“What’s driving you to do this?” I ask Myers as we walk past more ranchland.
“I’ve been a teacher for a long time,” he starts. “Teaching’s never easy, but I wanted a new challenge. So when I turned 40, I was like, ‘Well, what am I doing?’ I went back to this trail idea and was like, ‘Let’s just see what happens.’ I kind of figured I’d give up on it in a couple of months. I’d piddle around on the edges for a while and do a little research. I’d look at it one day and say, ‘Ah, it’s just too much.’ But it didn’t happen that way. I became motivated by it. I came to like how hard it is.”
“People walk long trails because there’s something difficult in their lives they want to overcome,” Myers continues. “Or they want to challenge themselves. Or they want a big adventure. So on these trails, you come out changed. You’ve gone through something. That got me really excited. You start at one end and you’re a different person when you get to the other.”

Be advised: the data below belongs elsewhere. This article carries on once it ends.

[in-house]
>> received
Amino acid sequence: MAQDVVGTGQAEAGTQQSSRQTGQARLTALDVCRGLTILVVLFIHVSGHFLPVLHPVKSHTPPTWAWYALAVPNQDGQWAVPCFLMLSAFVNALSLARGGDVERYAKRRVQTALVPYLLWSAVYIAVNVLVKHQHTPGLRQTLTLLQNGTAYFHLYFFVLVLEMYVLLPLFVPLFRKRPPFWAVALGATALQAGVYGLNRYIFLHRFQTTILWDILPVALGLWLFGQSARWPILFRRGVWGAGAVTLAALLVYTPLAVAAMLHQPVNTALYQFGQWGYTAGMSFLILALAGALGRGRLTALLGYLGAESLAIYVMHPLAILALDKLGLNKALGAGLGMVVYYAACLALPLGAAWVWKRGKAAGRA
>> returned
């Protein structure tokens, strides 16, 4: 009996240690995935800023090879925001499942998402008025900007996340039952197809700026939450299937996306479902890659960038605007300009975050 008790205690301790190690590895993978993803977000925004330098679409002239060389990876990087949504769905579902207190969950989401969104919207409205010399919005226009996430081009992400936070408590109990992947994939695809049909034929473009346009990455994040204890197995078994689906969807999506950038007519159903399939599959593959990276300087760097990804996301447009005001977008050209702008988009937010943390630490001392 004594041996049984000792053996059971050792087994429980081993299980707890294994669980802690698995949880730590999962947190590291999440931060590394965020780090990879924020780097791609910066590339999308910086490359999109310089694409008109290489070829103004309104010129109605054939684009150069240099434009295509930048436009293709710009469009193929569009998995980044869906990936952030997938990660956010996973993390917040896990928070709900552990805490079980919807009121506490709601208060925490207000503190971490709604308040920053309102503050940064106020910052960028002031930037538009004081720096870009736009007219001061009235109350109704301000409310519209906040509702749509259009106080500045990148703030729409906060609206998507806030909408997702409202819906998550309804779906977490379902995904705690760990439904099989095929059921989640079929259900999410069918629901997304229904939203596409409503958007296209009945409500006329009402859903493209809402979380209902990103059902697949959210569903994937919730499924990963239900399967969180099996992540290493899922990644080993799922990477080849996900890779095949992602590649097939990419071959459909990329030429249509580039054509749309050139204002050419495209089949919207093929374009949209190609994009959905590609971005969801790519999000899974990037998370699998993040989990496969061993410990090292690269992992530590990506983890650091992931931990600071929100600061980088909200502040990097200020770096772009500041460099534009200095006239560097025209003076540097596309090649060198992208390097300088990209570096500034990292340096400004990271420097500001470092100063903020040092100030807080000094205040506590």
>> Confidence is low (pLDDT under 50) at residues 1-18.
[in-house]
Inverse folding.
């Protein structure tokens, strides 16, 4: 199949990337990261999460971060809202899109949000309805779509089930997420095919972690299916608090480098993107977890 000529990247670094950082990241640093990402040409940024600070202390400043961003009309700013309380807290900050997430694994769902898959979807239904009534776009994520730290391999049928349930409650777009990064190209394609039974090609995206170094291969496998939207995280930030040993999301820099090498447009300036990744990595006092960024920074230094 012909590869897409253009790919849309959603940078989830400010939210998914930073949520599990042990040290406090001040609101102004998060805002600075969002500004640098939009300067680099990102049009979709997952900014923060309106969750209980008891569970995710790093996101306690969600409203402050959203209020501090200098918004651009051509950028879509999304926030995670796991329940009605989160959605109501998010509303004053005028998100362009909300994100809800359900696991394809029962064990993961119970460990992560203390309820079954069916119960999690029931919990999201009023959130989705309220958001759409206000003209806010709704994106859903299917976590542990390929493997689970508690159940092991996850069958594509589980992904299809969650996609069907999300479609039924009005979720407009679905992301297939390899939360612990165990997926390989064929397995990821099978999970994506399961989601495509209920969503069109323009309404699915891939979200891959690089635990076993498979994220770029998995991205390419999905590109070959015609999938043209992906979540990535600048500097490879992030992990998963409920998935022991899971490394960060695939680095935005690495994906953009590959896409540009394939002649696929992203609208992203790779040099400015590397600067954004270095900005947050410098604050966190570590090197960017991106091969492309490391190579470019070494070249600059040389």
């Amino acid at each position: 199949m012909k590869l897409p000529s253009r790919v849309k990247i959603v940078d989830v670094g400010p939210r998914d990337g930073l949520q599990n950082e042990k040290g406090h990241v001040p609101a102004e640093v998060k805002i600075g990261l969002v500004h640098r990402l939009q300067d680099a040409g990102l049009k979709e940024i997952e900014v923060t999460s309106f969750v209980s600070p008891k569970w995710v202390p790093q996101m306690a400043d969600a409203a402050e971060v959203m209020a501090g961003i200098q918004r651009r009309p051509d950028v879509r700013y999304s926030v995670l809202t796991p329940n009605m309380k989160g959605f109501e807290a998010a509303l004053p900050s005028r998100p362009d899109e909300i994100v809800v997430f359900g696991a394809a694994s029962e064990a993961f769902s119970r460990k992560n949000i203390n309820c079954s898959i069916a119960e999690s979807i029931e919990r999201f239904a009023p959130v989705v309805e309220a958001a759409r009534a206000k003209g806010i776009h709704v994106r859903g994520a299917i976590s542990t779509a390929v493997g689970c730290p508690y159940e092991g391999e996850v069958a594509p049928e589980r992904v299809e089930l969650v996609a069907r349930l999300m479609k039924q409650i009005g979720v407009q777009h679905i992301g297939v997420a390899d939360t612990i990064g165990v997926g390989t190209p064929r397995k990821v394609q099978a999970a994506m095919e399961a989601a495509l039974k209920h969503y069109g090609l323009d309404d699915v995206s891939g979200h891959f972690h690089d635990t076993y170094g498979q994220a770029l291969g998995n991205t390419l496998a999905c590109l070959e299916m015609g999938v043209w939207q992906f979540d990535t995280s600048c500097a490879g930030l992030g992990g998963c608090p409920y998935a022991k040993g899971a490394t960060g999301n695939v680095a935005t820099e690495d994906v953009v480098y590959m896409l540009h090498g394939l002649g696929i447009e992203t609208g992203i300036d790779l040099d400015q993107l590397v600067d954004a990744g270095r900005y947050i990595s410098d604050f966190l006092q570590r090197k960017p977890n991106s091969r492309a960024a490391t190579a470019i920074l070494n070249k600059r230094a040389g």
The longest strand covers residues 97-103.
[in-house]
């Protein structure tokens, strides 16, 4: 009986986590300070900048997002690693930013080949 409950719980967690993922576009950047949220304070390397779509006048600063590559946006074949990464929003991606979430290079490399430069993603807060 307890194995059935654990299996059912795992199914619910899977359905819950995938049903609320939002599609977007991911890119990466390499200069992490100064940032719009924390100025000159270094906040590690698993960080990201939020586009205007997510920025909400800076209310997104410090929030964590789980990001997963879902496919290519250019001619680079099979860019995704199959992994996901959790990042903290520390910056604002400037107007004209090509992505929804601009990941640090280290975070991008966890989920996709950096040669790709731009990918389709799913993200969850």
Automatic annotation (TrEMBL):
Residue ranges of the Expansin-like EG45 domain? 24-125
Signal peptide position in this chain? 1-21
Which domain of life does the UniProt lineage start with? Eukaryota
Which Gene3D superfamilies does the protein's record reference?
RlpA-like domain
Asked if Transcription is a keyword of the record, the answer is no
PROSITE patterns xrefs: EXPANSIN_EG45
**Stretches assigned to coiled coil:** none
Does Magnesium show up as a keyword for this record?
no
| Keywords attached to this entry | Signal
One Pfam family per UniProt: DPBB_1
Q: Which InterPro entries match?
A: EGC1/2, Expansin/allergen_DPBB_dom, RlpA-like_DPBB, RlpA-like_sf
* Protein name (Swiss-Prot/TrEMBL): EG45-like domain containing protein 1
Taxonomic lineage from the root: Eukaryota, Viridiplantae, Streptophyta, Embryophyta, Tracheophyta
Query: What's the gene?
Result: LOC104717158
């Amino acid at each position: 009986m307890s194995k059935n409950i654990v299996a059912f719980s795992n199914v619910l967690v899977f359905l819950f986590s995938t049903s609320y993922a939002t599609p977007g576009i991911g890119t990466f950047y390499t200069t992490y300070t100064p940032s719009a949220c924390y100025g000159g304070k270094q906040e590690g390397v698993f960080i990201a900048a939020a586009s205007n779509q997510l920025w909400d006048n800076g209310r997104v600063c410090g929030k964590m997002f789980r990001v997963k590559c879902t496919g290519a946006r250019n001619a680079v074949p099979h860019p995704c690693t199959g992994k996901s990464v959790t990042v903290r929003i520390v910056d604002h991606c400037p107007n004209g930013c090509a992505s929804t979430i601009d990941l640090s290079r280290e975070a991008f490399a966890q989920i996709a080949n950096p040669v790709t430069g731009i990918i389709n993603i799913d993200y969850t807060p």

Long-distance hiking appeals to Myers’s inner teacher, too. “I’m an educator at heart,” he says. “It’s a big part of what I’m trying to accomplish: to get people to realize that there’s more interesting things out there. We tend to stereotype landscapes and places. And the Great Plains gets put in a ‘dull and boring’ category. I’ve found this landscape to be really incredible. And it’s a mystery to me why no one else does.”
As we walk with grass seeds in our socks and wind blowing through our hair, the plains feel wild and free, and Myers’s idea doesn’t seem so crazy. We cross the paths of Lakota horsemen and pioneer wagon trains. We walk beneath a blue sky that somehow conveys the threat of blizzards, dust storms, and tornadoes. Beneath our feet lie dinosaur bones, forgotten oceans, and the blood from the clash of civilizations. And we have it all to ourselves.